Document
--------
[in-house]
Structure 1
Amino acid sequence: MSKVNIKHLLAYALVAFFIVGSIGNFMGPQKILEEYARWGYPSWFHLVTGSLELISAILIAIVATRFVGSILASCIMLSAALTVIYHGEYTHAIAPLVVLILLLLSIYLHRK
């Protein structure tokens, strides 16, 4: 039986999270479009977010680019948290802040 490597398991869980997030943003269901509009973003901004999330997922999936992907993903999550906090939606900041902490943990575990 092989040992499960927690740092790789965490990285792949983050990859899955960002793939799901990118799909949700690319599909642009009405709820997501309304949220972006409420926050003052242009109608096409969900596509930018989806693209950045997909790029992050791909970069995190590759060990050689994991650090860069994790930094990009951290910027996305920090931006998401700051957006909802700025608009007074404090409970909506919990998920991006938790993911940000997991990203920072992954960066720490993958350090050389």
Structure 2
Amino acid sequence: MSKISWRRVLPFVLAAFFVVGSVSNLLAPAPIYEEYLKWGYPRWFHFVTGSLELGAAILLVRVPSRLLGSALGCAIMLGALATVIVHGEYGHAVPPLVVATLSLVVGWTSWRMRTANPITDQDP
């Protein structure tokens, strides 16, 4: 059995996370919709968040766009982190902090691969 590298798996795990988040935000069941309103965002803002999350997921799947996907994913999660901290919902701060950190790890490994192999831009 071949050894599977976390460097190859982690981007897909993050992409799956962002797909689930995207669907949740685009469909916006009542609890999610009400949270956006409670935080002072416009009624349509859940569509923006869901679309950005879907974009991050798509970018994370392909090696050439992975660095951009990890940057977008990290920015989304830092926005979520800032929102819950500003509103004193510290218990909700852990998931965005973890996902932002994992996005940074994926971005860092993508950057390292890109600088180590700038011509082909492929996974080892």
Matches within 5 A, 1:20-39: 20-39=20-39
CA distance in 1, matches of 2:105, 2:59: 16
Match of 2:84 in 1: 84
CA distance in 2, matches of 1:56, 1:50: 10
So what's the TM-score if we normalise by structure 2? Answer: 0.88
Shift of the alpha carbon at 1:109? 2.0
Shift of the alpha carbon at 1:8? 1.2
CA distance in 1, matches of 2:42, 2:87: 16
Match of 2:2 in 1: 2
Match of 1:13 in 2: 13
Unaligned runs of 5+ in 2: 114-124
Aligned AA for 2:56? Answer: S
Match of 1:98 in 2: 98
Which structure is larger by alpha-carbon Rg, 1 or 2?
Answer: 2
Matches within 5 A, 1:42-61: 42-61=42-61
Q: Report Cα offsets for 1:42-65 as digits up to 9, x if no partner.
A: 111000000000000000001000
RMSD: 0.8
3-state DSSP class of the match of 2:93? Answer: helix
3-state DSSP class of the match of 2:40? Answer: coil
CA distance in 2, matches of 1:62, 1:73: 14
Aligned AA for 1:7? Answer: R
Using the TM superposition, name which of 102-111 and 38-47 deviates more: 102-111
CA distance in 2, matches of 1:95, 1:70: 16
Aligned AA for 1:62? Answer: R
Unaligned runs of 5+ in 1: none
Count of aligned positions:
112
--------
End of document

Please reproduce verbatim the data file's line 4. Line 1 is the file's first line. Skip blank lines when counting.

């Protein structure tokens, strides 16, 4: 039986999270479009977010680019948290802040 490597398991869980997030943003269901509009973003901004999330997922999936992907993903999550906090939606900041902490943990575990 092989040992499960927690740092790789965490990285792949983050990859899955960002793939799901990118799909949700690319599909642009009405709820997501309304949220972006409420926050003052242009109608096409969900596509930018989806693209950045997909790029992050791909970069995190590759060990050689994991650090860069994790930094990009951290910027996305920090931006998401700051957006909802700025608009007074404090409970909506919990998920991006938790993911940000997991990203920072992954960066720490993958350090050389």